Research Interests

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The overall goal of our laboratory is to understand how autocrine/paracrine factors in the mammary gland regulate mammary gland development, as well as milk synthesis and secretion.  We utilize a combination of in vitro and in vivo models, with a variety of mammalian species (mice, cattle, humans) to understand how the mammary gland and the mother adapt to lactation.  We also utilize a combination of molecular and whole animal physiological techniques to understand mammary gland physiology.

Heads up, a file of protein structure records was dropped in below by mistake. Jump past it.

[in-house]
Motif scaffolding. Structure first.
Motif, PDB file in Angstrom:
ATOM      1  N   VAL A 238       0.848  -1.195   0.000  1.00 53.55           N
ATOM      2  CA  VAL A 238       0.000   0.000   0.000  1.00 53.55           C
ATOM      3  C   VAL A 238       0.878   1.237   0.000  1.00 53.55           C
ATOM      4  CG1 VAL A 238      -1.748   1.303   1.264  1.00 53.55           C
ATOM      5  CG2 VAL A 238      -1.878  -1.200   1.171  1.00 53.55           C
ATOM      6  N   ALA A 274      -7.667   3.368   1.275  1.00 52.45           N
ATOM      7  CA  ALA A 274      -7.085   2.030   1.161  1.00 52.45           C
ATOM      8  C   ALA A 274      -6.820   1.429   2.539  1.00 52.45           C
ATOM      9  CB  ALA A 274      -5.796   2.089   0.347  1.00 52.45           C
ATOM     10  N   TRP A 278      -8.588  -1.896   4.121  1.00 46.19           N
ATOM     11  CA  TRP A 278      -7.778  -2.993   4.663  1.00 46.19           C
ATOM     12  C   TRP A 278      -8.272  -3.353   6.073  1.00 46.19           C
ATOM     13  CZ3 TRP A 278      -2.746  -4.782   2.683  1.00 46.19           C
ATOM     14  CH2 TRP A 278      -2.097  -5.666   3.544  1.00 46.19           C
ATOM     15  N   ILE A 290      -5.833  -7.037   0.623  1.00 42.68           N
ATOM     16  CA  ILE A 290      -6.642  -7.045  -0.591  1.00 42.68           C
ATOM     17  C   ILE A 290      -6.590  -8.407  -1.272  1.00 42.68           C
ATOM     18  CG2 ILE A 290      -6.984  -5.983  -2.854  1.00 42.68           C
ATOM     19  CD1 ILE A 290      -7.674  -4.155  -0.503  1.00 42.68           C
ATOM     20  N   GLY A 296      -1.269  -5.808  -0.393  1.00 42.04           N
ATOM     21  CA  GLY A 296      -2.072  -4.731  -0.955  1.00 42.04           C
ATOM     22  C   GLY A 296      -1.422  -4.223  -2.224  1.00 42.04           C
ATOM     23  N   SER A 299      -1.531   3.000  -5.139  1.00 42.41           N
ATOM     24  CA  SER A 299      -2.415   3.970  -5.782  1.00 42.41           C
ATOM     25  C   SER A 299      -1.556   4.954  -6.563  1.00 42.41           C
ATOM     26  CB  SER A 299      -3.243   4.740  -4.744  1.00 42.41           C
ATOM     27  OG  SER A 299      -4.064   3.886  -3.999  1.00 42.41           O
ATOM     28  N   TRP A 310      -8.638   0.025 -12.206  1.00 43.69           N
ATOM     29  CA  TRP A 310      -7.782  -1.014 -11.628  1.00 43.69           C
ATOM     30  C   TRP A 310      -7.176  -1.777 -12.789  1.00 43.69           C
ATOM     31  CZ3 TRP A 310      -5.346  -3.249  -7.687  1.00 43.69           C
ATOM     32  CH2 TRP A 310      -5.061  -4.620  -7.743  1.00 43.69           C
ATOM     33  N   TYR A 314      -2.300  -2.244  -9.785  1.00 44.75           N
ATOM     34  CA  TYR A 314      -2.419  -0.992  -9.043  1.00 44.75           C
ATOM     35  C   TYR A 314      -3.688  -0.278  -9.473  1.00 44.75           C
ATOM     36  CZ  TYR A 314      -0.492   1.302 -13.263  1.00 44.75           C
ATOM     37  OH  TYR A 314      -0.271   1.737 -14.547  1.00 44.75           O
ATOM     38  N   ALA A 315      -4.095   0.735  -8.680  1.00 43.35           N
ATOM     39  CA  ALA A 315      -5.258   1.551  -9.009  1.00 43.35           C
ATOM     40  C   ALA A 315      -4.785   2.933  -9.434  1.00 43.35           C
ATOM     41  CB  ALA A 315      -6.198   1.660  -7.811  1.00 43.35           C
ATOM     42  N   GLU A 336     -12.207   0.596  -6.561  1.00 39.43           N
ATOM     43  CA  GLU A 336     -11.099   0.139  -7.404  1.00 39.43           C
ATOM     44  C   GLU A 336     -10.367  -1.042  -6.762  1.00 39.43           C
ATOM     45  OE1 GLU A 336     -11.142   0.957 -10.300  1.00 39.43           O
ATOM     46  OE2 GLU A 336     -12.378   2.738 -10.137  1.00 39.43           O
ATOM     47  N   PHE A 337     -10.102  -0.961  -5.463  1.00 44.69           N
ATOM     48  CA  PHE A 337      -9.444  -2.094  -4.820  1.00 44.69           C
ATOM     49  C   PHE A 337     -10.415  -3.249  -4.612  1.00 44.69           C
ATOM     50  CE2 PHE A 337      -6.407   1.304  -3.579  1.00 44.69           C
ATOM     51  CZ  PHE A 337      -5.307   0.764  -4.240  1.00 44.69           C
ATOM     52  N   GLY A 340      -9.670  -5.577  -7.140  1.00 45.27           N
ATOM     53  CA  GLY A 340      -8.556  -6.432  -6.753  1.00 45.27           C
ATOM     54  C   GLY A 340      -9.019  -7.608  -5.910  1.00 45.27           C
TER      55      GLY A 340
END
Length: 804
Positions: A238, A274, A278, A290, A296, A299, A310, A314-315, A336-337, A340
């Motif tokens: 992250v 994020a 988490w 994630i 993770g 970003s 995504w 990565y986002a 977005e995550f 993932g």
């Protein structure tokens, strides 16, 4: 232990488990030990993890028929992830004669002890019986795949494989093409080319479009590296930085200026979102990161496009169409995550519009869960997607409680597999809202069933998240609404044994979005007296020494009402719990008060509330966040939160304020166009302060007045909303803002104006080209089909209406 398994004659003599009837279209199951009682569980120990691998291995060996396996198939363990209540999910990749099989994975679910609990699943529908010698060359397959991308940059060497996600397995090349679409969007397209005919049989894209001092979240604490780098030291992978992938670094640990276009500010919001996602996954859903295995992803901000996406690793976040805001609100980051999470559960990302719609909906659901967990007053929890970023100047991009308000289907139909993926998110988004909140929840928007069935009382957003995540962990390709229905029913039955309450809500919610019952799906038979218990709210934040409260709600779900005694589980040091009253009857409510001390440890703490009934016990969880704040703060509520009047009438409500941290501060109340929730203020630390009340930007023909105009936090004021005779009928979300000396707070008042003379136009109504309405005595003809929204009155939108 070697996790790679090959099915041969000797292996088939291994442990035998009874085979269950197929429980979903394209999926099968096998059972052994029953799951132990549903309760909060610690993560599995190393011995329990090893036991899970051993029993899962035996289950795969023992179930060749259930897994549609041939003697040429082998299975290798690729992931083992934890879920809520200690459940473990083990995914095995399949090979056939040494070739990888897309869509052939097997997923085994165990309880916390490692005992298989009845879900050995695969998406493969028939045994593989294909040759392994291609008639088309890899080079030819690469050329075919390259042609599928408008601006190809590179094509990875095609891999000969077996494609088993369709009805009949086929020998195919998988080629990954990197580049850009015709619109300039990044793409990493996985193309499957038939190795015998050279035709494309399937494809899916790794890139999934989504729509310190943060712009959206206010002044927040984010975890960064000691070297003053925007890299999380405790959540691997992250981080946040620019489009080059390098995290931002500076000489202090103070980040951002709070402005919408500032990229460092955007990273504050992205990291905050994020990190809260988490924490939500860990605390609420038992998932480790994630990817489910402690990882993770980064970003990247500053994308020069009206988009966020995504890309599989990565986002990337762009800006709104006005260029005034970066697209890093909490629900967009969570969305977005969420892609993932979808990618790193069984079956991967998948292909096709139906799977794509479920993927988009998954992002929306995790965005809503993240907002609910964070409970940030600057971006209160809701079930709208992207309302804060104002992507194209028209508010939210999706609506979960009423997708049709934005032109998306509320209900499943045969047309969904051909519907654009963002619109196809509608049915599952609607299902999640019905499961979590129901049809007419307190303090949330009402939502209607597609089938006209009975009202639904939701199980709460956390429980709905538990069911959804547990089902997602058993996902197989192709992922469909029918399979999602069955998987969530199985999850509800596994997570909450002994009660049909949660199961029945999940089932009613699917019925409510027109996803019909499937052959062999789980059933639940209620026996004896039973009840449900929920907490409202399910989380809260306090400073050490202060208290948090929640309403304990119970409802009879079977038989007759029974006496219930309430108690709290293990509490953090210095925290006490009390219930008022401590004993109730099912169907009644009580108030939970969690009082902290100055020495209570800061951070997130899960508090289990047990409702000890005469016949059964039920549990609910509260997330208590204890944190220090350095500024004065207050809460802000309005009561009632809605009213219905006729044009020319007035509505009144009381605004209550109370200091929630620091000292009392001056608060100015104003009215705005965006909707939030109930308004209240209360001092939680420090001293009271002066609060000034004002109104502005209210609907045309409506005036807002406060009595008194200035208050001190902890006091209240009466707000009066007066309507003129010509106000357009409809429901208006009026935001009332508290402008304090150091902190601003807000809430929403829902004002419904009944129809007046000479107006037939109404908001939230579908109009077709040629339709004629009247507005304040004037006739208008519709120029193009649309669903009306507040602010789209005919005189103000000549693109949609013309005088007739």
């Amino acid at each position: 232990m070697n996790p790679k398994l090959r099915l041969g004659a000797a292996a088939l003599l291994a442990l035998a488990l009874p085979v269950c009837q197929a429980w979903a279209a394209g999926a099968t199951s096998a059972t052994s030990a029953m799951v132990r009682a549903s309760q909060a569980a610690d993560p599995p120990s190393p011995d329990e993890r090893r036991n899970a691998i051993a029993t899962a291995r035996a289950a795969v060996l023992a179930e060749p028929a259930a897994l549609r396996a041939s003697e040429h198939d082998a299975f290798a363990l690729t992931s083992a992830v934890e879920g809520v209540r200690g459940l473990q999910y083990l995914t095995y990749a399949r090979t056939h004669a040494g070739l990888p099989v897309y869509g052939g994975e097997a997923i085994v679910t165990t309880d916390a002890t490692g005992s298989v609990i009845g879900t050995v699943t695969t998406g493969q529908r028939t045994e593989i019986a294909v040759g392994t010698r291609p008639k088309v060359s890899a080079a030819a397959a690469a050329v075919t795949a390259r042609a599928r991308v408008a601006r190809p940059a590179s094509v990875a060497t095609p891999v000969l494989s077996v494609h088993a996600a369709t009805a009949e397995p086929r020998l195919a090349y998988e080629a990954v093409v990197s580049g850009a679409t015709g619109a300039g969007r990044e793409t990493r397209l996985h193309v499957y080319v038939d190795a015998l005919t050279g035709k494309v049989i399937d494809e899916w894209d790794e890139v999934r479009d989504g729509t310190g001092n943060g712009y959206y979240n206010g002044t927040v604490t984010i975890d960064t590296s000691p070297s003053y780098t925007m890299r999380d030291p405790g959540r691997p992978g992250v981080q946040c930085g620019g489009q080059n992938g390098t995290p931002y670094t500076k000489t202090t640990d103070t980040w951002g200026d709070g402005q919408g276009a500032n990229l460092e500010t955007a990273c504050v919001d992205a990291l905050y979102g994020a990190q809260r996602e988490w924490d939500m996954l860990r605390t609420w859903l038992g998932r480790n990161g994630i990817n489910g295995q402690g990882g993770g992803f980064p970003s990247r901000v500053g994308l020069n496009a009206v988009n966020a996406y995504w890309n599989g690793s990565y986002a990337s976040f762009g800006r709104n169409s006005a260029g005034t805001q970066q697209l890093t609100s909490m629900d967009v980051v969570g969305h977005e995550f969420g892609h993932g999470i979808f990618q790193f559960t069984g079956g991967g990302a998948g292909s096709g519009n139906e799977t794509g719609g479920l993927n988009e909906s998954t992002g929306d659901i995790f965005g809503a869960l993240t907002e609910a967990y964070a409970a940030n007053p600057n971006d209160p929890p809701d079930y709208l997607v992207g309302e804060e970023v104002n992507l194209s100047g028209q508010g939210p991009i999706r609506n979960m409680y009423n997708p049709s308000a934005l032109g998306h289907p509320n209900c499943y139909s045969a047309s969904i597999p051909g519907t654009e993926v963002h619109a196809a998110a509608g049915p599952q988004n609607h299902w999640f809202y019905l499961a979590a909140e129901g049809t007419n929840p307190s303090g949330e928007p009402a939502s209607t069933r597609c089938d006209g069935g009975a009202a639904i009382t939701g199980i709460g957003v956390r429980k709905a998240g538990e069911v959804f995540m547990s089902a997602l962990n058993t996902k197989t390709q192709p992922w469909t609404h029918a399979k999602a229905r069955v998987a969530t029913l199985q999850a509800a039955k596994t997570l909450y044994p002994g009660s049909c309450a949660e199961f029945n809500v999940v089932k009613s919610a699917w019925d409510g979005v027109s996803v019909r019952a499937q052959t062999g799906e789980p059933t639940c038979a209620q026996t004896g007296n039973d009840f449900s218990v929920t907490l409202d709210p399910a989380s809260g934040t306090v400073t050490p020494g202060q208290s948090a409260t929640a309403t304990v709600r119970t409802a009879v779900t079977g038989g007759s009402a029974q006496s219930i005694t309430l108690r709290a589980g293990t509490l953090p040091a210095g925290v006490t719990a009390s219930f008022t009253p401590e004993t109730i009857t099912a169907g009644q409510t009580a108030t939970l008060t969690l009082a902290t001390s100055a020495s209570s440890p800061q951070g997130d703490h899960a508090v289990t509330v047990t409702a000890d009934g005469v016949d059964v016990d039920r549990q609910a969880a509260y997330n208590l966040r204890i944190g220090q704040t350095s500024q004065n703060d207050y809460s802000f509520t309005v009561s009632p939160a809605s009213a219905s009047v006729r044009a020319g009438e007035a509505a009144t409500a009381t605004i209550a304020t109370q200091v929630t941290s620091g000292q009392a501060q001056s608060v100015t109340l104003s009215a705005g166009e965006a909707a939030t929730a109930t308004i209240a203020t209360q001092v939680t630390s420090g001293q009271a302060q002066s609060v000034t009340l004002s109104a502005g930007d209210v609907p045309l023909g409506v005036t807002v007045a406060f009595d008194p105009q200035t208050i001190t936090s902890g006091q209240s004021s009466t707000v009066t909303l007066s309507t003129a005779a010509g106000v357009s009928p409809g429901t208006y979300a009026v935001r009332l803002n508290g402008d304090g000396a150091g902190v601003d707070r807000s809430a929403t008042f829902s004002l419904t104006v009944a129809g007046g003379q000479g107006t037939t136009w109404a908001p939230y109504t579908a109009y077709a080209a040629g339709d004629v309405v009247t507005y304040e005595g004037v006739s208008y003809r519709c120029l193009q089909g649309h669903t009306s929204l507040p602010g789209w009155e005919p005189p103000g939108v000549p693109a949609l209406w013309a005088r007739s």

Our laboratory is focused on mammary gland biology and lactation.  In particular our area of research is centered around how serotonin made in the mammary gland affects mammary gland development and lactation.  In particular, one major area of focus for our laboratory is how serotonin regulates the mother’s ability to regulate calcium homeostasis at the onset of lactation.  Calcium is critical to milk formation and is the most abundant mineral in milk, but is also an important mineral that governs many of the mother’s physiological processes.  We are interested in the role serotonin plays in modulating calcium between the mother and the milk during lactation.  Every mammal must mobilize a certain portion of their skeleton to maintain adequate circulating calcium levels in addition to supporting the formation of milk.  We currently have two areas of research regarding this topic.  One focuses on developing a novel method to prevent hypocalcemia in dairy cows, and the other focuses on how the use of selective serotonin reuptake inhibitors during pregnancy and lactation can exacerbate bone lose, resulting in decreased bone mineral density later in life. We are investigating the use of SSRIs during pregnancy and lactation on long-term maternal bone health, as well as fetal health.  Our laboratory recently received funding from NICHD to investigate the underlying molecular mechanisms regulating communication between mammary gland and bone tissue during lactation and how serotonin regulate this mechanism.